Contours of statistical penalty functions as GIF images

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Many statistical modeling problems reduce to a minimization problem of the general form:


where is some type of loss function, denotes the data, and is a penalty, also referred to by other names, such as “regularization term” (problems (1) and (2-3) are often equivalent by the way). Of course both, and , may depend on further parameters.

There are multiple reasons why it can be helpful to check out the contours of such penalty functions :

  1. When is two-dimensional, the solution of problem (2-3) can be found by simply taking a look at the contours of and .
  2. That builds intuition for what happens in more than two dimensions, and in other more general cases.
  3. From a Bayesian point of view, problem (1) can often be interpreted as an MAP estimator, in which case the contours of are also contours of the prior distribution of .

Therefore, it is meaningful to visualize the set of points that maps onto the unit ball in , i.e., the set

B_{g} := \{ \mathbf{x}\in\mathbb{R}^2 : g(\mathbf{x}) \leq 1 \}.

Below you see GIF images of such sets for various penalty functions in 2D, capturing the effect of varying certain parameters in . The covered penalty functions include the family of -norms, the elastic net penalty, the fused penalty, the sorted norm, and several others.

:white_check_mark: R code to reproduce the GIFs is provided.

p-norms in 2D

First we consider the -norm,

g_{p}(\boldsymbol{\beta}) = \lVert\boldsymbol{\beta}\rVert_{p}^{p} = \lvert\beta_{1}\rvert^p + \lvert\beta_{2}\rvert^p,

with a varying parameter (which actually isn’t a proper norm for ). Many statistical methods, such as LASSO (Tibshirani 1996) and Ridge Regression (Hoerl and Kennard 1970), employ -norm penalties. To find all on the boundary of the 2D unit -norm ball, given (the first entry of ), is easily obtained as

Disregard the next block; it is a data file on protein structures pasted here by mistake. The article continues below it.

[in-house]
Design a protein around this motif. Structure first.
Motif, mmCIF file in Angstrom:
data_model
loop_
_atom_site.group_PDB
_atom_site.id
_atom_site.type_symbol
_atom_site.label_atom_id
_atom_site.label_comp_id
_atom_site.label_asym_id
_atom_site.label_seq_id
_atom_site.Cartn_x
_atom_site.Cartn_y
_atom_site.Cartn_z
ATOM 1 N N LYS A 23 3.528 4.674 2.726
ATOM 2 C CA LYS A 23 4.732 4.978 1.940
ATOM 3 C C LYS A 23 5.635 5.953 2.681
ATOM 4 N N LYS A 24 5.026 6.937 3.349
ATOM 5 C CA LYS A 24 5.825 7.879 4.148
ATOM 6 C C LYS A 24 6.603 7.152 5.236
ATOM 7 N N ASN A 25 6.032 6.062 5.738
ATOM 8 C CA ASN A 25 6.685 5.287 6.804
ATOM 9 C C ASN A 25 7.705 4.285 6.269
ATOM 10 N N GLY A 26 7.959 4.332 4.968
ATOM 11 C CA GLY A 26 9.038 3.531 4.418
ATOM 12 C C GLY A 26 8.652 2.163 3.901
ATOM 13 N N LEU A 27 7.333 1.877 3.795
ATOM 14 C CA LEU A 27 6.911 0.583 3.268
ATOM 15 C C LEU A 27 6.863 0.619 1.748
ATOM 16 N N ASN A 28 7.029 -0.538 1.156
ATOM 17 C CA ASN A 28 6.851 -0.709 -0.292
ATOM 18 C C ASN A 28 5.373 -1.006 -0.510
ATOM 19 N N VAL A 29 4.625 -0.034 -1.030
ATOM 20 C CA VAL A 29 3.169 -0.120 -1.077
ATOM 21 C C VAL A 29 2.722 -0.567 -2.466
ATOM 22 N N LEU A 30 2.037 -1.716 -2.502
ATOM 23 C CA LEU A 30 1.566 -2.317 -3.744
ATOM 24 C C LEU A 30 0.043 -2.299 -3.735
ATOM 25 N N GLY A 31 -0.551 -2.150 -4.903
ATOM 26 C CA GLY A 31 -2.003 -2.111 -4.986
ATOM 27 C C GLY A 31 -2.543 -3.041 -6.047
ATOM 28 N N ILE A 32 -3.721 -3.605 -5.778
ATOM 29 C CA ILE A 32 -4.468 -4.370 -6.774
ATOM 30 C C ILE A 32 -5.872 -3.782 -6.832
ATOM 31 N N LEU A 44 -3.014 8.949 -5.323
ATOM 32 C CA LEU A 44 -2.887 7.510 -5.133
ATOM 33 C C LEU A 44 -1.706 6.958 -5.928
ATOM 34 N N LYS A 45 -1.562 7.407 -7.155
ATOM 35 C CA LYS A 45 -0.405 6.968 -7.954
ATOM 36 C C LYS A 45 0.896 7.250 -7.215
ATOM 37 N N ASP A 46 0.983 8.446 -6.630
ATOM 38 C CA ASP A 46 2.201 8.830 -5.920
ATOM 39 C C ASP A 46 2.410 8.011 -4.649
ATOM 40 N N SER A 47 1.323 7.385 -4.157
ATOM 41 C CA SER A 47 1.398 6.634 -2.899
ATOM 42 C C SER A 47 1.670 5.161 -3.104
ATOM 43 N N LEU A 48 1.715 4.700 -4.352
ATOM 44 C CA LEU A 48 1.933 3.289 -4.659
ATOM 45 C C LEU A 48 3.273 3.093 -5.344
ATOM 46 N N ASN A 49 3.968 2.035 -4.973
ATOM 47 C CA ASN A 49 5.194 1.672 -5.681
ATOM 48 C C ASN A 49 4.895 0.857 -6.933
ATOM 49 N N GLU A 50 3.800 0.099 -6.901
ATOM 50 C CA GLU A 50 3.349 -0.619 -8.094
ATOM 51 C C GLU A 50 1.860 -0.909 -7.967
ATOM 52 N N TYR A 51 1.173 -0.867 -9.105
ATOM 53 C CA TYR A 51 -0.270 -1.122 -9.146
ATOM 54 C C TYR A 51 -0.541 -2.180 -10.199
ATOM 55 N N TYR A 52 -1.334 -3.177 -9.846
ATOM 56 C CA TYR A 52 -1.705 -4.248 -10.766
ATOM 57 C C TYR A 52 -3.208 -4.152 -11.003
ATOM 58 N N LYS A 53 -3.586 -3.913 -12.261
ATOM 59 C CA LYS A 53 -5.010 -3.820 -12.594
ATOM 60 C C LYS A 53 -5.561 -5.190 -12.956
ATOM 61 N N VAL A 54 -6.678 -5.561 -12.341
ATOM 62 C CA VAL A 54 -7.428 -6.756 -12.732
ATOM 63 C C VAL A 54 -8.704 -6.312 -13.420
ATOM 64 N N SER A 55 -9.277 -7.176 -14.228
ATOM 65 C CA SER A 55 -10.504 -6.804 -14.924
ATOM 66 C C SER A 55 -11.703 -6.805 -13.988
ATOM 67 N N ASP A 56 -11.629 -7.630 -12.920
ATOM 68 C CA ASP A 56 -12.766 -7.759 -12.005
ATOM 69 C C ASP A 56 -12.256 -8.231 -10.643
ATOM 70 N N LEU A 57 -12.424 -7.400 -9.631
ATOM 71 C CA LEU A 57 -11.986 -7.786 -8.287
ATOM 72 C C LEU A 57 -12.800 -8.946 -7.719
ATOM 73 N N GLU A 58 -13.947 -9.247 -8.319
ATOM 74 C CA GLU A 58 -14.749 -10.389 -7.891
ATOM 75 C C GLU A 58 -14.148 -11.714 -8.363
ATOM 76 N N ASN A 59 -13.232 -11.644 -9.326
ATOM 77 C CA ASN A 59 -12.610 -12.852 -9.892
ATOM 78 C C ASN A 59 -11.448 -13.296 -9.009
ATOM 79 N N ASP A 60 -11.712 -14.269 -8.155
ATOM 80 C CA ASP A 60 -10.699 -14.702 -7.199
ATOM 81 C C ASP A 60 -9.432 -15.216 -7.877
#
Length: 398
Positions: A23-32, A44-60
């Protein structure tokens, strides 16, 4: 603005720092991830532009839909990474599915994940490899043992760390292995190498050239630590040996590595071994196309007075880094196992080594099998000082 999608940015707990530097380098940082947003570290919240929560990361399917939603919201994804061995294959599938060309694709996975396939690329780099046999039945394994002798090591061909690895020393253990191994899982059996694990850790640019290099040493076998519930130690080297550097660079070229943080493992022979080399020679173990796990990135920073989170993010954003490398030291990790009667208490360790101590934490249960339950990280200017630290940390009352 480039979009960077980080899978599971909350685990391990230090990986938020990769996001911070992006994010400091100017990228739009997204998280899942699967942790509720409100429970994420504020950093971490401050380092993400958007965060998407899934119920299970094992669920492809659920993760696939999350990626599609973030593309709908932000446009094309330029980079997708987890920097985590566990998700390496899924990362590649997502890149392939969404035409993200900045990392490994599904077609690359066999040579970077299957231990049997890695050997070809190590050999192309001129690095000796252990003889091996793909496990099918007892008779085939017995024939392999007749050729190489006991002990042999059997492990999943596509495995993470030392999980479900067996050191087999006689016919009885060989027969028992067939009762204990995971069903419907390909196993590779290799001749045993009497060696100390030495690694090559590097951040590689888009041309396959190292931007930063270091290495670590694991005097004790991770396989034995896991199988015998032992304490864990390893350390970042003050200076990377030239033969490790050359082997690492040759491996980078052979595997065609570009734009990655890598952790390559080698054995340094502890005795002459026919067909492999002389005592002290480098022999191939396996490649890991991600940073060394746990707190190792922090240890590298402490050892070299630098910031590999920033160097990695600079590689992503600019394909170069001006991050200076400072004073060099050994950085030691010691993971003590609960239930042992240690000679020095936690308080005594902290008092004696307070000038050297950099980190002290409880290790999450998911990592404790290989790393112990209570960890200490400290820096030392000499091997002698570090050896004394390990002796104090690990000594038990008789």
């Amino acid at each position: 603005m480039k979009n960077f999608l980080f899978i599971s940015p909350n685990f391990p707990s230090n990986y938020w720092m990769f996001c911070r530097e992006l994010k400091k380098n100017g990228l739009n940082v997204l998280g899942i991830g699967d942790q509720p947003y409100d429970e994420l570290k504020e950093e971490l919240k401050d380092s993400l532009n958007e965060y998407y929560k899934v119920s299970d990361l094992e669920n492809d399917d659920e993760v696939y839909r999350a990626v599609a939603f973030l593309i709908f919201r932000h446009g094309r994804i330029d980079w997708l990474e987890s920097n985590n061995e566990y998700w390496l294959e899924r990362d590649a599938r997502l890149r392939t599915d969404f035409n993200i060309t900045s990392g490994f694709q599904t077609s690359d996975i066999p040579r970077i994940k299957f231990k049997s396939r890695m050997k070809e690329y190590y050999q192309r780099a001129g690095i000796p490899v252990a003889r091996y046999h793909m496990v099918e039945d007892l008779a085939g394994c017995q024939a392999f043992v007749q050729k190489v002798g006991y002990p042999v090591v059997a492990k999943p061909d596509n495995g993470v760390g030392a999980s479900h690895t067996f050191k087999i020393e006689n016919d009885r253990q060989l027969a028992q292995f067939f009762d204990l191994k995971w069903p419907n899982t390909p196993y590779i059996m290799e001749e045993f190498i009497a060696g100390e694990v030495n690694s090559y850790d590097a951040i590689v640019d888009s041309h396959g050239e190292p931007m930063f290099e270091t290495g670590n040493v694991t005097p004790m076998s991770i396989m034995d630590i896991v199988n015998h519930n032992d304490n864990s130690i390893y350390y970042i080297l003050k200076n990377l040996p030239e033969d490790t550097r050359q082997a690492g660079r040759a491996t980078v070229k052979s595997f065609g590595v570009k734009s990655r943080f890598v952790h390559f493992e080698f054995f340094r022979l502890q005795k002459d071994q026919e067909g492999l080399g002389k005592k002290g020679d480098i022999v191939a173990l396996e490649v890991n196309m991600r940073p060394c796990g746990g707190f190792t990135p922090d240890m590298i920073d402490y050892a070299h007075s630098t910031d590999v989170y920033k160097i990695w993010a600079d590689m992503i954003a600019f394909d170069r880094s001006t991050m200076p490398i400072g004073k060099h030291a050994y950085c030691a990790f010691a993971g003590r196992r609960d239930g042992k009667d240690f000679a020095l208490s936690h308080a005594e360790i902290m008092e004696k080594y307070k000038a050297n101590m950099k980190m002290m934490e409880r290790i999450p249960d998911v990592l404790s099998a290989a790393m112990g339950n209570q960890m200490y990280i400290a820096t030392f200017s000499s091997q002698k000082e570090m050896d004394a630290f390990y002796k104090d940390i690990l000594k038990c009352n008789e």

\beta_2 = \pm (1-|\beta_1|^p)^{1/p}, \quad \forall\beta_1\in[-1, 1].


Elastic net penalty in 2D

The elastic net penalty can be written in the form

g_{\alpha}(\boldsymbol{\beta}) = \alpha \lVert \boldsymbol{\beta} \rVert_{1} + (1 - \alpha) \lVert \boldsymbol{\beta} \rVert_{2}^{2},

for . It is quite popular with a variety of regression-based methods (such as the Elastic Net, of course). We obtain the corresponding 2D unit “ball”, by calculating from a given as

\beta_{2} = \pm \frac{-\alpha + \sqrt{\alpha^2 - 4 (1 - \alpha) ((1 - \alpha) \beta_{1}^2 + \alpha \beta_{1} - 1)}}{2 - 2 \alpha}.


Fused penalty in 2D

The fused penalty can be written in the form

g_{\alpha}(\boldsymbol{\beta}) = \alpha \lVert \boldsymbol{\beta} \rVert_{1} + (1 - \alpha) \sum_{i = 2}^m \lvert \beta_{i} - \beta_{i-1} \rvert.

It encourages neighboring coefficients to have similar values, and is utilized by the fused LASSO (Tibshirani et. al. 2005) and similar methods.


(Here I have simply evaluated the fused penalty function on a grid of points in , because figuring out equations in parametric form for the above polygons was too painful for my taste… :stuck_out_tongue:)

Sorted L1 penalty in 2D

The Sorted penalty is used in a number of regression-based methods, such as SLOPE (Bogdan et. al. 2015) and OSCAR (Bondell and Reich 2008). It has the form

g_{\boldsymbol{\lambda}}(\boldsymbol{\beta}) = \sum_{i = 1}^m \lambda_{i} \lvert \beta \rvert_{(i)},

where are the absolute values of the entries of arranged in a decreasing order. In 2D this reduces to

g_{\boldsymbol{\lambda}}(\boldsymbol{\beta}) = \lambda_{1} \max\{|\beta_{1}|, |\beta_{2}|\} + \lambda_{2} \min\{|\beta_{1}|, |\beta_{2}|\}.


Difference of p-norms

It holds that

\lVert \boldsymbol{\beta} \rVert_{1} \geq \lVert \boldsymbol{\beta} \rVert_{2},

or more generally, for all -norms it holds that

(\forall p \leq q) : \lVert \boldsymbol{\beta} \rVert_{p} \geq \lVert \boldsymbol{\beta} \rVert_{q}.

Thus, it is meaningful to define a penalty function of the form

g_{\alpha}(\boldsymbol{\beta}) = \lVert \boldsymbol{\beta} \rVert_{1} - \alpha \lVert \boldsymbol{\beta} \rVert_{2},

for , which results in the following.


We visualize the same for varying fixing , i.e., we define

g_{\alpha}(\boldsymbol{\beta}) = \lVert \boldsymbol{\beta} \rVert_{1} - 0.6 \lVert \boldsymbol{\beta} \rVert_{p},

and we obtain the following GIF.


Hyperbolic tangent penalty in 2D

The hyperbolic tangent penalty, which is for example used in the method of variable selection via subtle uprooting (Su, 2015), has the form

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